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Apache2 + mod_fcgid + PHP = Awesome

For years now I was using PHP as a Apache module and not thinking twice about it. Easy to install not much to maintain and working reasonably well. Server too slow? Buy a new server. Recently one of our servers got really slow again with varying timeouts while serving pages. Memory shortage. No new server available I needed to make the most of it and started investigating how to decrease the memory footprint of Apache.

FastCGI was the answer. With PHP as a module installed every Apache process can take up to the maximum amount of memory you defined in php.ini plus what the Apache process needs by himself even though this process is only serving static content. With the switch to FastCGI it was possible to use the threaded version of Apache (mpm_worker). Static contents are now served really fast without need for invoking PHP at all. PHP scripts are served by calling the FastCGI IPC.

As memory is still low Apache and PHP are both configured to “die” after quite a low number of requests served. This can sometimes lead to a small delay while the processes are restarted but ensures that the memory footprint is kept low.

How did I do it? I won’t go into details on how to install Apache, mod_fcgid and PHP because there are loads of howto’s out there. Please find the configuration I’m using below. I’m using Debian and Apache, mod_fcgid and PHP are installed out of the repository. If you have a custom compiled version or different distribution your paths can differ.

Depending on your available hardware it is feasible to tweak the settings for the mpm_worker module so more concurrent clients can be served and/or the amount of requests which is handled before re-creating the thread is higher. It is also very recommended to use eAccelerator in conjunction with this setup. See my post on the topic for more information.

/etc/apache2/apache2.conf (excerpt):

<IfModule mpm_worker_module>
	StartServers           4
	ServerLimit            4
	MaxClients           128
	MinSpareThreads        8
	MaxSpareThreads       16
	ThreadsPerChild       32
	MaxRequestsPerChild  500
</IfModule>

/etc/apache2/mods-available/fcgid.conf:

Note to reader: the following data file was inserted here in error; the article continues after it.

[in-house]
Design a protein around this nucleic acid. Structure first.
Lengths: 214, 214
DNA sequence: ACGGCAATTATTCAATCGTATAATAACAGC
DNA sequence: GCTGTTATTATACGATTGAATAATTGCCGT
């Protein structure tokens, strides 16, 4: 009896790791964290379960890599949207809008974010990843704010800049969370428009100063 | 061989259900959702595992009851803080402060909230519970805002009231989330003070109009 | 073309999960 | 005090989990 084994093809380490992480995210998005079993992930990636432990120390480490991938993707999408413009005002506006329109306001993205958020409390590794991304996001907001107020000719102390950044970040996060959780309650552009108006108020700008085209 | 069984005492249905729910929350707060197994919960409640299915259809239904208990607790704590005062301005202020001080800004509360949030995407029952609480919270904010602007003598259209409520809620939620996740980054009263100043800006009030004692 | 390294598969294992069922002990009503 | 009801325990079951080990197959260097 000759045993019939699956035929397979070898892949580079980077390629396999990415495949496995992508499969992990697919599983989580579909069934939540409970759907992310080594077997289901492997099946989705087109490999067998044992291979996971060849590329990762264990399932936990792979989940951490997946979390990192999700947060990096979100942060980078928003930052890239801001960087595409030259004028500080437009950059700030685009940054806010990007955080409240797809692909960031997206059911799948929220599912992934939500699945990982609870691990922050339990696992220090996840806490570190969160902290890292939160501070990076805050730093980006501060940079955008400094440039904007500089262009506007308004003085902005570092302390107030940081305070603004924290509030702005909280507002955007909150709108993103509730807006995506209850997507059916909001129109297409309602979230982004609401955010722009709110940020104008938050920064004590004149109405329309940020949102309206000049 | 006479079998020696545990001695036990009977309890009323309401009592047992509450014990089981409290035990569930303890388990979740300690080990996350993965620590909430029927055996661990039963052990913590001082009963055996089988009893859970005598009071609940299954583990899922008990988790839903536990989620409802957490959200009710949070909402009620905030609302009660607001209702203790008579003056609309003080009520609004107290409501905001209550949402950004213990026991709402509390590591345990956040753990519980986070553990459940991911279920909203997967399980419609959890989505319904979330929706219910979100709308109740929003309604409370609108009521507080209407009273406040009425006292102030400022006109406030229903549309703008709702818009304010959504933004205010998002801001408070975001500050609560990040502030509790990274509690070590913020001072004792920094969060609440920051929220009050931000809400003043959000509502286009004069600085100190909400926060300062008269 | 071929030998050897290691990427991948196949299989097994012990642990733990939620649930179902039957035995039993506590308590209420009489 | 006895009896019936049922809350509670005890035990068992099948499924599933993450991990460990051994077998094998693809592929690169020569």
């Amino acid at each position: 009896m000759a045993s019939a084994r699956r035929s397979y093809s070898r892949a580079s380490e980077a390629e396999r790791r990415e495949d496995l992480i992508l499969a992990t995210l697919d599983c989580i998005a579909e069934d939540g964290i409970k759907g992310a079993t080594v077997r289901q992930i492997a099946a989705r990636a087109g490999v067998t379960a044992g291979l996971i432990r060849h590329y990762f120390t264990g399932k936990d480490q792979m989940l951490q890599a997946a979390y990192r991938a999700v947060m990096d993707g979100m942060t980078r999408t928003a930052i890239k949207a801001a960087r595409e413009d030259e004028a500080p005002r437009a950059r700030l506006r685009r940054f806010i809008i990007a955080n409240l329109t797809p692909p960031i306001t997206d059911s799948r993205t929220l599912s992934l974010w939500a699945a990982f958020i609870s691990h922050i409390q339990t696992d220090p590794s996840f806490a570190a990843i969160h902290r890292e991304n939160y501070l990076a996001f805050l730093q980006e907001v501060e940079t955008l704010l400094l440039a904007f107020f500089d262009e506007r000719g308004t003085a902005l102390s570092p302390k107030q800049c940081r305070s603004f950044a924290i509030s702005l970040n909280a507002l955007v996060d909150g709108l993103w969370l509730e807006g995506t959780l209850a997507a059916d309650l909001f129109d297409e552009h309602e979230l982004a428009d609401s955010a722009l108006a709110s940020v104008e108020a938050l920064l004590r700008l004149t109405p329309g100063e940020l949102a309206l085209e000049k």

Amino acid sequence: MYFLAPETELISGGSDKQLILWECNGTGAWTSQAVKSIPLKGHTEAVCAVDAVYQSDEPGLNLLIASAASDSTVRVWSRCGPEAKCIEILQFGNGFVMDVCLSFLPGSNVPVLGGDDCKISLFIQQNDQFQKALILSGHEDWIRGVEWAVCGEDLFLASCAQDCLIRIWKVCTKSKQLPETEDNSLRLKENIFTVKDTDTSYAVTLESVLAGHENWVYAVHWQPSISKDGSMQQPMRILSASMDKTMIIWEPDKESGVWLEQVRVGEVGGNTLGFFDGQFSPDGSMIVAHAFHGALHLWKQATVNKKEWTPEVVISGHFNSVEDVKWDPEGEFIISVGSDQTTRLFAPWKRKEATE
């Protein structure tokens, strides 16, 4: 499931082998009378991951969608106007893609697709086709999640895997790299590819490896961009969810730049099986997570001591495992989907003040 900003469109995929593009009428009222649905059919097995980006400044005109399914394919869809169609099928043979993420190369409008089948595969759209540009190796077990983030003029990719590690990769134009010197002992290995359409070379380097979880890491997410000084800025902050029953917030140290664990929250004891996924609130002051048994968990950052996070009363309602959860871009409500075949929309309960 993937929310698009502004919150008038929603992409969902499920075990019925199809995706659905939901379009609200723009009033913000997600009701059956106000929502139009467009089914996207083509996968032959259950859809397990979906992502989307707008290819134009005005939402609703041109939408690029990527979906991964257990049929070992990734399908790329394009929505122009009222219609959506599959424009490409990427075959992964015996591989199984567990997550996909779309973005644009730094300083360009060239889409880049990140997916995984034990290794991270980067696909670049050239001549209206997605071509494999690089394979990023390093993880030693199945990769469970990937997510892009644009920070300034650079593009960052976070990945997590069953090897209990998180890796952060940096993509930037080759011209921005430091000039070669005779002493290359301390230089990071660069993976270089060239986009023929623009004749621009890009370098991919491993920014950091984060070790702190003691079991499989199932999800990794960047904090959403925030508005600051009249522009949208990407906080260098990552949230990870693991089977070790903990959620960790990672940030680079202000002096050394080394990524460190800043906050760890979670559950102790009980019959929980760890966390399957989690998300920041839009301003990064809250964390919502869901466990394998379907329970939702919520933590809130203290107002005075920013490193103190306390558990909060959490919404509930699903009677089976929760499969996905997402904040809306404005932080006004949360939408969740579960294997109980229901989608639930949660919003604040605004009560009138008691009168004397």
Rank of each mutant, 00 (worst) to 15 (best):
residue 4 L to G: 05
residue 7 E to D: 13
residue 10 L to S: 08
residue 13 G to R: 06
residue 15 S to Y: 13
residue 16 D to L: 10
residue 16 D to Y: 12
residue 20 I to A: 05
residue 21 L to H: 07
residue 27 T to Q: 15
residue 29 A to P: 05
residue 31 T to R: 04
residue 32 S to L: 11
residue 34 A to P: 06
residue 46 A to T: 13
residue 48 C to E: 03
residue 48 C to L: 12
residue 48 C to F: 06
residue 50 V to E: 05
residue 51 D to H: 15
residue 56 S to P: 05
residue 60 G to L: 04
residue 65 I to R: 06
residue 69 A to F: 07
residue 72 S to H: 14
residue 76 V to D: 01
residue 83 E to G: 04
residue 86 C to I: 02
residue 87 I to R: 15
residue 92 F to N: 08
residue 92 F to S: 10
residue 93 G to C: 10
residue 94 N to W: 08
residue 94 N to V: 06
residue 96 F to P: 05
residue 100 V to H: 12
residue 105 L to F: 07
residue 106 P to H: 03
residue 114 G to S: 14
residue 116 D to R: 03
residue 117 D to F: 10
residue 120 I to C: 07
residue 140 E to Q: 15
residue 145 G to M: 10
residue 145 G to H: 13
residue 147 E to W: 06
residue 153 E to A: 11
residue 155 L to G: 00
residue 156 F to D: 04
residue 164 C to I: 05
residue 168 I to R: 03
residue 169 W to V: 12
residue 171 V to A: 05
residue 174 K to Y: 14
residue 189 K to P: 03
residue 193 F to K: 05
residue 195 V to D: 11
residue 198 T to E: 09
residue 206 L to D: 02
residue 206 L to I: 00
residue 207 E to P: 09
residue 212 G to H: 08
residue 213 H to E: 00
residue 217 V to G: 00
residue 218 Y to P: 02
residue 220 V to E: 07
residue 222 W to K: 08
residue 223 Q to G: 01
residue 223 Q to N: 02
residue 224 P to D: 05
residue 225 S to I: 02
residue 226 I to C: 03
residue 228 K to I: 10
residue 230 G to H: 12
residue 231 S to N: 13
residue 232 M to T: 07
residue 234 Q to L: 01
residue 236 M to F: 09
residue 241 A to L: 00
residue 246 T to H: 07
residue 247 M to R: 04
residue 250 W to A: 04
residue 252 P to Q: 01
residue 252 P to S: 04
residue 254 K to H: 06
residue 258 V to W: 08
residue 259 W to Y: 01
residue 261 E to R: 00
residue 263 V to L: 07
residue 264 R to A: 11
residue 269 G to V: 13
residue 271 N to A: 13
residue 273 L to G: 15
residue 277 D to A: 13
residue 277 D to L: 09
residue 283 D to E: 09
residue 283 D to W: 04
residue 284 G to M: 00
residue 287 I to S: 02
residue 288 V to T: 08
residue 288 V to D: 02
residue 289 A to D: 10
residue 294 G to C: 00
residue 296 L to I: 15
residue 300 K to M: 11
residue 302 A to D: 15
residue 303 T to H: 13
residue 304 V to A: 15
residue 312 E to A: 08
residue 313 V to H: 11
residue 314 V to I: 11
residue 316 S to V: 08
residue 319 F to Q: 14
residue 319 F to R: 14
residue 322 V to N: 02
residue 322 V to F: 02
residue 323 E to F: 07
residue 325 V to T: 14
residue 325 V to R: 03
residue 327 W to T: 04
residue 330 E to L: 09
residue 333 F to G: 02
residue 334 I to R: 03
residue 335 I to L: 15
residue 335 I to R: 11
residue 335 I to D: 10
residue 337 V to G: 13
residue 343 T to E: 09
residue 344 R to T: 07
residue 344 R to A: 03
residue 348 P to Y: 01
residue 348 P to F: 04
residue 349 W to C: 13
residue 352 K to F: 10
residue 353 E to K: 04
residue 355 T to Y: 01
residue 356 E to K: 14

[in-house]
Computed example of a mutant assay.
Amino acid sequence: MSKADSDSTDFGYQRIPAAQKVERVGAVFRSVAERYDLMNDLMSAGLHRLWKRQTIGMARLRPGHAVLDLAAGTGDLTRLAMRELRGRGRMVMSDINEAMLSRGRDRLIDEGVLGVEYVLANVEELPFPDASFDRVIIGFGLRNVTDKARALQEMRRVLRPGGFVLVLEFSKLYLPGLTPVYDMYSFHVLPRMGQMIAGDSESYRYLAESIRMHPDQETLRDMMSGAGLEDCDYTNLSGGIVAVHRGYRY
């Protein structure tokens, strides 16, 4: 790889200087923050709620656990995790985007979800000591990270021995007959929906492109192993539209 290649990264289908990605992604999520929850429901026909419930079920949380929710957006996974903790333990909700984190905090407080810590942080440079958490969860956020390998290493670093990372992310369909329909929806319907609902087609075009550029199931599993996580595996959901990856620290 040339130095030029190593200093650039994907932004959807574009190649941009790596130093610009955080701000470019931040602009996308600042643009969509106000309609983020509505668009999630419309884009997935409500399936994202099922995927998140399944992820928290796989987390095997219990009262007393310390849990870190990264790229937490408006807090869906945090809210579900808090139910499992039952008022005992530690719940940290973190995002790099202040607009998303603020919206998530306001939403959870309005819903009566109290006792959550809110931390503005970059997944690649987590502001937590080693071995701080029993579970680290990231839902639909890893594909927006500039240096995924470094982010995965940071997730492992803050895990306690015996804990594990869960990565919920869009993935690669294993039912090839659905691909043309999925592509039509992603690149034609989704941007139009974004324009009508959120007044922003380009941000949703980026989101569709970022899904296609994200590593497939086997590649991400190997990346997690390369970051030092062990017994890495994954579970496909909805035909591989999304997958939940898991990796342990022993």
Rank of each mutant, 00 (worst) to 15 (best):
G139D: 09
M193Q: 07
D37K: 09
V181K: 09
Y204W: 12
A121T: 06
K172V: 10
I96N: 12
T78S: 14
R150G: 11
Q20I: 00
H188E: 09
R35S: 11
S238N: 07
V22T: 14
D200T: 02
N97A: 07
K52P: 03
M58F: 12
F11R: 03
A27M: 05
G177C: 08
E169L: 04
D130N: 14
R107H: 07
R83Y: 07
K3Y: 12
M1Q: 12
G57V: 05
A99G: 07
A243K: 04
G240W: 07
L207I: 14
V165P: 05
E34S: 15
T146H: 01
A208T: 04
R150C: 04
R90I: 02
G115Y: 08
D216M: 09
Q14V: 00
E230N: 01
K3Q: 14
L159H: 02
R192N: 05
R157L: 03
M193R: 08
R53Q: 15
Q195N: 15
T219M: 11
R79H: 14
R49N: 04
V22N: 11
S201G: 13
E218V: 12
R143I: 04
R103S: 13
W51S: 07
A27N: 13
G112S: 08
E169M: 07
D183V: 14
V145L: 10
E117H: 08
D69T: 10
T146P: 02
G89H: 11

<IfModule mod_fcgid.c>
	AddHandler fcgid-script .fcgi .php
	FCGIWrapper /var/www/php-fcgi-starter .php

	IdleTimeout		3600
	BusyTimeout		 300
	ProcessLifeTime		7200
	IPCConnectTimeout	  10
	IPCCommTimeout		 360
	MaxProcessCount		  15
	MaxRequestsPerProcess	  -1
	PHP_Fix_Pathinfo_Enable    1
</IfModule>

/var/www/php-fcgi-starter:

#!/bin/sh
PHPRC=/etc/php5/cgi/
export PHPRC
export PHP_FCGI_MAX_REQUESTS=250
export PHP_FCGI_CHILDREN=1
exec /usr/lib/cgi-bin/php

Comparing Roadsend PHP to PHP/FastCGI

For some projects it might come in handy to have a pre-compiled binary shipped to the customer or run as a separate instance. I took a peek at Roadsend PHP which implemented their own engine and is able to compile PHP source into C binaries which can either run on the command line or with special compilation arguments as a FastCGI program.

But before using it productively and changing a lot of source to make it compatible with the way how Roadsend works I wanted to make sure that the promised performance bonus would be really there. I created a very crude script which does nothing more than to iterate an integer to a certain maximum and measures the time to do this.

NOTE: I know that a proper performance test looks differently and I’m aware that Roadsend PHP can put his design into the works when we deal with a lot of includes. I’ll make another test with including random files to compare if this is impacting the results.

<?php
echo “Simple iteration test to compare performance between interpreted PHP and Roadsend PHP<hr />”;

$max = 1000;
if($_GET["max"] != “” && is_numeric($_GET["max"])) {
$max = $_GET["max"];
}

$start = microtime();

for($i = 0; $i < $max; $i++) {
echo $i.”<br />”;
}

$stop = microtime();
$elapsed = $stop – $start;
echo “<hr />Script took $elapsed seconds to execute”;
?>

To the environment. I didn’t set up a clean room environment. I used my server at home with 2G of memory Athlon64 X2 and a RAID5. Nothing special but I think it resembles real-world situations perfectly (unless you setup a new box for every PHP site you build).

Apache (worker – threaded) is used for serving the requests. FastCGIs are served via mod_fcgid. PHP is also run via mod_fcgid which improved the performance of PHP dramatically so far.

Let’s get to it:

max = 1000
Roadsend PHP: 0.005817
Interpreded PHP: 0.001201

max = 10000
Roadsend PHP: 0.06846
Interpreded PHP: 0.012625

These results are not dramatically but significant. It seems that compiling PHP adds overhead to the execution.

PHP 5.3 and namespaces

Java and .NET (I suppose even more languages…) developers already know the trick with namespaces. But with the upcoming version 5.3 of PHP they can use namespaces to group their classes too.

The development of my current projects made me think to write libraries which I can use in all of my projects. Due to a few limitations (no typing, no typecasting etc.) this is problematic. So I build a framework which provides me with a standard libraries. So I have to maintain only this library for all the projects which uses it.

For a special case I wanted to interconnect two of the projects. This was impossible because the two projects are setup identically. This means they both have classes called Database etc. With PHP 5.3 this is no problem anymore because I can give the two projects different namespaces.